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Everyone needs a sturdy lasagna dish that’s not too heavy and can withstand the broiler. A Pyrex rectangular baking dish is usually a great option, but Pyrex warns that its dishes are not broiler-safe (they can crack or shatter—we learned this the hard way). As you can see from all these photos, we like this HIC dish and we’ve liked it for a long time. How many recipes have we baked in it? We stopped counting. We predict that you’ll reach for it All. The. Time.
HIC Porcelain Lasagna Baking Dish
Reviewed in Cook’s Country October 2010
This porcelain baking dish has large handles for secure gripping and straight sides for easy serving. It’s deep enough for our Chantilly Potatoes, but not so large that the butter burned as we broiled scrod. Finally, it was not too heavy, even when filled with potatoes.
Size: 3 Quarts Weight: 4.35 Lbs Material: Porcelain Dimensions: 15.6" x 9.7" x 3.2"
Safe for Microwave, Oven, Broiler (up to 500°), and Freezer. Dishwasher Safe
How we tested broiler-safe baking dishes
We gathered seven rectangular broiler-safe baking dishes priced between $37 and $125. Two were enameled cast-iron dishes and five were ceramic dishes, including two of made of porcelain, which is lighter, harder, and less porous than many other ceramics. To determine whether these dishes could withstand both prolonged exposure to high heat and thermal shock, we prepared Boston Baked Scrod, a dish that cooks entirely under the broiler, and Chantilly Potatoes, a dish we finish under the broiler.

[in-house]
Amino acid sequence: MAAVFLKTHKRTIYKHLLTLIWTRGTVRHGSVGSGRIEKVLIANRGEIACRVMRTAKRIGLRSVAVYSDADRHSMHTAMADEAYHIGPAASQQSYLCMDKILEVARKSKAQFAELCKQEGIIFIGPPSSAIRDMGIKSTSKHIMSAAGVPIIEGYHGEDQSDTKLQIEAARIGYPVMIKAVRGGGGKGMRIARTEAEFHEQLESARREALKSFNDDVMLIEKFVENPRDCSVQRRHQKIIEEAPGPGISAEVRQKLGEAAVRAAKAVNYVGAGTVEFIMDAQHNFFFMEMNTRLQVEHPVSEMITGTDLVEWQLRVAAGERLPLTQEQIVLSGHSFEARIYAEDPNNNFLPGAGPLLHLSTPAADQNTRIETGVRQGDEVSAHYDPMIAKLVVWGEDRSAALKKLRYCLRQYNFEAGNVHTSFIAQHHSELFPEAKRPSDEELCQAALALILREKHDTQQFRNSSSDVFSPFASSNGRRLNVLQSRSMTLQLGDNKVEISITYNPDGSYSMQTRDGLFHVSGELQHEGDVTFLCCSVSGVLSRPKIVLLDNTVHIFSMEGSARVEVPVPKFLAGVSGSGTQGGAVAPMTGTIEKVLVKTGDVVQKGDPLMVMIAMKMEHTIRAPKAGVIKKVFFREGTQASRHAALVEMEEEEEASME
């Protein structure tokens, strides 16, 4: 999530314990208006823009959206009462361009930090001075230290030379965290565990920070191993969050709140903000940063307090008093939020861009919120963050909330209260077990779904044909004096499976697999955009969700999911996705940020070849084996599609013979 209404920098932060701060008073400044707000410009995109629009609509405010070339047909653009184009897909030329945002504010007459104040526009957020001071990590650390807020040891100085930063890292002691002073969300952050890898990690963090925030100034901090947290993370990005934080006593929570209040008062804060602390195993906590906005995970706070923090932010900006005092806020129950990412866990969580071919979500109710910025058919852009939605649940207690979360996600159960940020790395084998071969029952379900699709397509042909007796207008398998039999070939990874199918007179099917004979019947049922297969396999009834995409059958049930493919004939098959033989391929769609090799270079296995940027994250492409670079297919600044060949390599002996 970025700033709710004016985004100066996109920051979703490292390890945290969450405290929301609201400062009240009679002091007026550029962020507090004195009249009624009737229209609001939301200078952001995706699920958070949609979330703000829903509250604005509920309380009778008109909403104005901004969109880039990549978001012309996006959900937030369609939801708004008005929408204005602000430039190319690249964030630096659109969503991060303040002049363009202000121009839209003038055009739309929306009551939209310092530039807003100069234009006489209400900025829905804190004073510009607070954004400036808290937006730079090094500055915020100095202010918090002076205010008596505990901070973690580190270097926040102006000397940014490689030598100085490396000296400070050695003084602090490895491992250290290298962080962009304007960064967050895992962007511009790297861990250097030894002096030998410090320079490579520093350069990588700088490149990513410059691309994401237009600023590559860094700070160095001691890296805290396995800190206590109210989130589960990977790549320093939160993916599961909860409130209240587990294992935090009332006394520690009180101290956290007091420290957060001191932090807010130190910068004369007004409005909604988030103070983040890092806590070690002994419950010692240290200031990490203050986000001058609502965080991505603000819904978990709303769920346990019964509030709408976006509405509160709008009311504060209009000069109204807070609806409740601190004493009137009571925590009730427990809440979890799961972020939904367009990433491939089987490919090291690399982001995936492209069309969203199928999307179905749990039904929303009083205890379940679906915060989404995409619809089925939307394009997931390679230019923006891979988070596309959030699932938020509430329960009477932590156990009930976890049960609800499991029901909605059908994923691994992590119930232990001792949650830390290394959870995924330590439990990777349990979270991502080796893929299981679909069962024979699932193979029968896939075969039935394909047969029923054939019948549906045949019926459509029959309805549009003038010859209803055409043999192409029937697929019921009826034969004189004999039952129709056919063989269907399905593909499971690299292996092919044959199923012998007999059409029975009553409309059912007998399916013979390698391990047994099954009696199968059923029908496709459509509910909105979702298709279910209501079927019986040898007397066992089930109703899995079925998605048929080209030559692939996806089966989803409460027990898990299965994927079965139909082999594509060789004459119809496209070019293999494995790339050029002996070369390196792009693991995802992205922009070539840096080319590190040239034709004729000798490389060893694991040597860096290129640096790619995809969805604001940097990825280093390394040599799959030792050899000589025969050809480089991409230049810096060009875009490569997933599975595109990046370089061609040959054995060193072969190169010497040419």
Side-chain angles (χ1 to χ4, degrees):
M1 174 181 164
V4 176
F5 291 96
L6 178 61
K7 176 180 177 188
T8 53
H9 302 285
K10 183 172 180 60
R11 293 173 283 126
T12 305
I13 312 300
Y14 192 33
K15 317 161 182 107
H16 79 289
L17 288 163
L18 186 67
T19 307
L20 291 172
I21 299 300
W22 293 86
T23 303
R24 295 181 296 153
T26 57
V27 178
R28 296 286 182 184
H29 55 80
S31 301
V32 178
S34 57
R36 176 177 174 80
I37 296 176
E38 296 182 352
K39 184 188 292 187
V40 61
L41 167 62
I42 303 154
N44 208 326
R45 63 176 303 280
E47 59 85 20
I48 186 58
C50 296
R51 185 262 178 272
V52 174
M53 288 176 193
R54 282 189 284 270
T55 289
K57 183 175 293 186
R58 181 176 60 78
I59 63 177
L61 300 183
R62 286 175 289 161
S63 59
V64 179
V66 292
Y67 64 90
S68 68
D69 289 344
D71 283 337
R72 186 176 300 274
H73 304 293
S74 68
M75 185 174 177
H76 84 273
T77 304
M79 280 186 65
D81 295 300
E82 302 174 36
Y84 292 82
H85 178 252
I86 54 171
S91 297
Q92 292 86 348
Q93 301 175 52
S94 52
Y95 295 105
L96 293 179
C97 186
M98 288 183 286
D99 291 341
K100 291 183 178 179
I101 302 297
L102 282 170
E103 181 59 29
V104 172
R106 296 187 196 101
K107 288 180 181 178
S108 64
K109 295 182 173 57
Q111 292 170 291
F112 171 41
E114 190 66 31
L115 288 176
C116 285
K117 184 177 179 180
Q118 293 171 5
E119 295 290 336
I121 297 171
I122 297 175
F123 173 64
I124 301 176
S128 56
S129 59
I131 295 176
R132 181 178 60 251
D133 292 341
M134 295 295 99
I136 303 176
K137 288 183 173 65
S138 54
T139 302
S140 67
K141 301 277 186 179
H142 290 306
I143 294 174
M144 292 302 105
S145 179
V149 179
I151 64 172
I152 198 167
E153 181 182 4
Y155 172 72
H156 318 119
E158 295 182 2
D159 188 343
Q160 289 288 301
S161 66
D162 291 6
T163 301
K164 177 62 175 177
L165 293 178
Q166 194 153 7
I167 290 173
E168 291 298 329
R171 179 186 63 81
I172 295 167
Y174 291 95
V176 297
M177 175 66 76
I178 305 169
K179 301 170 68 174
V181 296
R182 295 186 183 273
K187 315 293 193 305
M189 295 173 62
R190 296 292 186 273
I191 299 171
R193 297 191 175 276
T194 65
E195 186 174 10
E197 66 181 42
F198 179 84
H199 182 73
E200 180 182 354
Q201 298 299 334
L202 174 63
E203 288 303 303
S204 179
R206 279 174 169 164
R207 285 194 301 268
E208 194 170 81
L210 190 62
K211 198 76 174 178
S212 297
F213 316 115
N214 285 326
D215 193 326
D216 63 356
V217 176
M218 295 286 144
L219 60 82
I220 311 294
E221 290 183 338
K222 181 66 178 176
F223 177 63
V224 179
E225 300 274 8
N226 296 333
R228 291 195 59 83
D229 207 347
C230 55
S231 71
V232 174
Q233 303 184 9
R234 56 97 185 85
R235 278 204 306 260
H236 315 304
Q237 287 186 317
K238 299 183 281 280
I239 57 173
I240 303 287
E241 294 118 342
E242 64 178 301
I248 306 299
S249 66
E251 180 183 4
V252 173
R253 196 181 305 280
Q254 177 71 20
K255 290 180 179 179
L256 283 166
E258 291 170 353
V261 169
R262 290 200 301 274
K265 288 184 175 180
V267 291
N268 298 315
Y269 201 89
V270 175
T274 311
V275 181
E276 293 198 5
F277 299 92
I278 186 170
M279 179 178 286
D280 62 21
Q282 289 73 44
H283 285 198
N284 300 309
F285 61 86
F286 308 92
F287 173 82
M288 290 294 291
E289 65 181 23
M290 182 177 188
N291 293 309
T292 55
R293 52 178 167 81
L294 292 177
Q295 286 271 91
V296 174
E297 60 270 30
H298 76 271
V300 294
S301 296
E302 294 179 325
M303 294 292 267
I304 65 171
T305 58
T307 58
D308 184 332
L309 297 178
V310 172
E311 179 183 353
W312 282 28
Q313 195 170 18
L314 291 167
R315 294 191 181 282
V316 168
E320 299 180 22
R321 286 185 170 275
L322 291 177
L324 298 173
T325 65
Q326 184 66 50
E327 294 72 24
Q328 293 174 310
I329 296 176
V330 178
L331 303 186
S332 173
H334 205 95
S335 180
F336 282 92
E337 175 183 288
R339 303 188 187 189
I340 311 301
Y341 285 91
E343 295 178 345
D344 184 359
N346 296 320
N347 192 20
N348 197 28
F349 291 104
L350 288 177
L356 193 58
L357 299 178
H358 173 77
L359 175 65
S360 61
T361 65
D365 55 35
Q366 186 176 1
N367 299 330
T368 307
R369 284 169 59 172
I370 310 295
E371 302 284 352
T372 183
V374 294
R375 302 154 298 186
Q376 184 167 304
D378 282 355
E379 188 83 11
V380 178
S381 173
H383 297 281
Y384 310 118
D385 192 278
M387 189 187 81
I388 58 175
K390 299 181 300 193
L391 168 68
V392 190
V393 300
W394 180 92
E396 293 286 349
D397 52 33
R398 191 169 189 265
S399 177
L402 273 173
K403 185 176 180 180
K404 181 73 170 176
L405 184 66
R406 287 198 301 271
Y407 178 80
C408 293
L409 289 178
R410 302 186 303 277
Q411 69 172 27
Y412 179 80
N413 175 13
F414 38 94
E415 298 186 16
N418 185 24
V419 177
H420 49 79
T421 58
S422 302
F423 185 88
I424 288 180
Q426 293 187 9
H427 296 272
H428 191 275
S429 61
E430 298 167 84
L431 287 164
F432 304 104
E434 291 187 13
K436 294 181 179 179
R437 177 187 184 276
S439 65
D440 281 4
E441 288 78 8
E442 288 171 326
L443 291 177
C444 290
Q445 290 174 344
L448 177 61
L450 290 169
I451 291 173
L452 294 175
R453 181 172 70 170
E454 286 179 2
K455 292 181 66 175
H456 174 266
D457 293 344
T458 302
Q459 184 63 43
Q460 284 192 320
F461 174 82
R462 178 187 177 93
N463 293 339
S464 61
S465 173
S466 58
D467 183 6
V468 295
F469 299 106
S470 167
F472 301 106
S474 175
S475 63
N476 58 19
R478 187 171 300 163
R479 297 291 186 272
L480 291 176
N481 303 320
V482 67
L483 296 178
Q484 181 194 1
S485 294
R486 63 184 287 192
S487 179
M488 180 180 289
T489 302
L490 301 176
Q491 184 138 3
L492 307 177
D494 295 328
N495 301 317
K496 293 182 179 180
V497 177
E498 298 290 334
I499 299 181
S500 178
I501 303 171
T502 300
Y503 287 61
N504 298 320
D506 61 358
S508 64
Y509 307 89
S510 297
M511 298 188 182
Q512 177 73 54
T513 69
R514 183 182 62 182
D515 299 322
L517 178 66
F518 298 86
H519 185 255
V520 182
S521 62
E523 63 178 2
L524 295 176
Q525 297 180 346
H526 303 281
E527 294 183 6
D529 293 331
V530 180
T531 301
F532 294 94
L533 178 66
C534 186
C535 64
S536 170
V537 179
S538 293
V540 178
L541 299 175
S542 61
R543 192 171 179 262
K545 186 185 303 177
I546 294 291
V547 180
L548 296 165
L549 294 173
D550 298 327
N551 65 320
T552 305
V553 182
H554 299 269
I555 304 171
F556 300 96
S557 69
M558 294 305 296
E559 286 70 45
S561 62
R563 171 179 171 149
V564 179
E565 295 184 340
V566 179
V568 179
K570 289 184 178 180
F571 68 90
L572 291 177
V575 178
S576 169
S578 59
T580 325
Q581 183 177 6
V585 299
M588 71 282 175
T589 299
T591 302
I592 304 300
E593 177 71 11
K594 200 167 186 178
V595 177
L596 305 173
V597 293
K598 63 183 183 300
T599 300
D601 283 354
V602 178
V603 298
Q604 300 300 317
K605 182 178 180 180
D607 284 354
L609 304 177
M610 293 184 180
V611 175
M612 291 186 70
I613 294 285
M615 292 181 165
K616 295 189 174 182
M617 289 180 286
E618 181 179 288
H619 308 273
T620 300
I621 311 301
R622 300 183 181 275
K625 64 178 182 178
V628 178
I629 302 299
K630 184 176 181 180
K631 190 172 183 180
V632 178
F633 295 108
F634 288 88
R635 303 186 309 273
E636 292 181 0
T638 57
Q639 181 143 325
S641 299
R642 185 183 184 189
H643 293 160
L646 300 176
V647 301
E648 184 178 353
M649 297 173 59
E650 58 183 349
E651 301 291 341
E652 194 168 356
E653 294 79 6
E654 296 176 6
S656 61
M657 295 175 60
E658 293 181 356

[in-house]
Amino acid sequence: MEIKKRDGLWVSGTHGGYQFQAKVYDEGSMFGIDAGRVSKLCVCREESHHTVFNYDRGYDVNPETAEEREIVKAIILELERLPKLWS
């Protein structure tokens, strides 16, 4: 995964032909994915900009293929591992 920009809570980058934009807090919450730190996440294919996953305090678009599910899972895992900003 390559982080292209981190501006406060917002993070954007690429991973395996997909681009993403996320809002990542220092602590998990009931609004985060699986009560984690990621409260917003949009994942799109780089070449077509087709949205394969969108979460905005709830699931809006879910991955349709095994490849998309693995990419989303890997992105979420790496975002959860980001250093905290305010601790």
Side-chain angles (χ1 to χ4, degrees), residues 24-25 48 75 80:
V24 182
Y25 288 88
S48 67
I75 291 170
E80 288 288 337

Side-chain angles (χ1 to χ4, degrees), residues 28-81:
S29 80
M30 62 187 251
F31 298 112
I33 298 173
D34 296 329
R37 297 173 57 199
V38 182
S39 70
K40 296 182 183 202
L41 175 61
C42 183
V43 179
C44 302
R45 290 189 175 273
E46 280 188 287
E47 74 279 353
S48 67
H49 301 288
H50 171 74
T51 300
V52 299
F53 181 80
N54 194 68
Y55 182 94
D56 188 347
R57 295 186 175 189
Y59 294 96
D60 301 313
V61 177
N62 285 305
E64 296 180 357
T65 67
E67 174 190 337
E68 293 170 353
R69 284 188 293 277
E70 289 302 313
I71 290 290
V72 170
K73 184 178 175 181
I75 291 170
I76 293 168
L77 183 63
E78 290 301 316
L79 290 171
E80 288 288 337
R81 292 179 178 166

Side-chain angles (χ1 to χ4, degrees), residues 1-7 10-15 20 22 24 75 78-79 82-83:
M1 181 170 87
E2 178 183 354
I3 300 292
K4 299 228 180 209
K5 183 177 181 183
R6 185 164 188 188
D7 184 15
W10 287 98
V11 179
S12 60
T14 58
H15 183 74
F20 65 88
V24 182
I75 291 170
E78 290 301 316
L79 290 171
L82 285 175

The enameled cast-iron dishes were a challenge to maneuver, weighing 6.7 pounds and 10.5 pounds empty. When filled with several more pounds of hot Chantilly Potatoes, risk of disaster loomed. Ordinary ceramic dishes were a little better, weighing between 4.25 and 5.1 pounds. Lightweight porcelain dishes, averaging 3.8 pounds, were easy to carry even when full.
Size and Shape
Oversized, shallow dishes offered so much surface area that potatoes spread too thinly and too much liquid evaporated from the scrod. Smaller, deeper dishes left plenty of juices in the scrod, but tapering sides on one reduced its capacity, causing it to nearly overflow with Chantilly Potatoes. Dishes with flared or scalloped edges were difficult to get into with a spatula for serving.
The single most important design element was the length and width of the handles. All but one of the dishes we tested had handles, though several were too small to grasp securely while wearing oven mitts. It hardly needs saying that a safe, secure grip is essential when you’re carrying a red-hot baking dish.
The HIC Porcelain Lasagna Baking Dish's winning traits:
• Made of lightweight porcelain (4.35 pounds) so it’s easy to lift even when full of potatoes
• Roughly the same dimensions and capacity as a rectangular Pyrex dish so recipes translate well
• Large handles offer a secure grip even when wearing oven mitts
• Straight sides make for neat, clean serving
• Beat out competitors that cost up to three times as much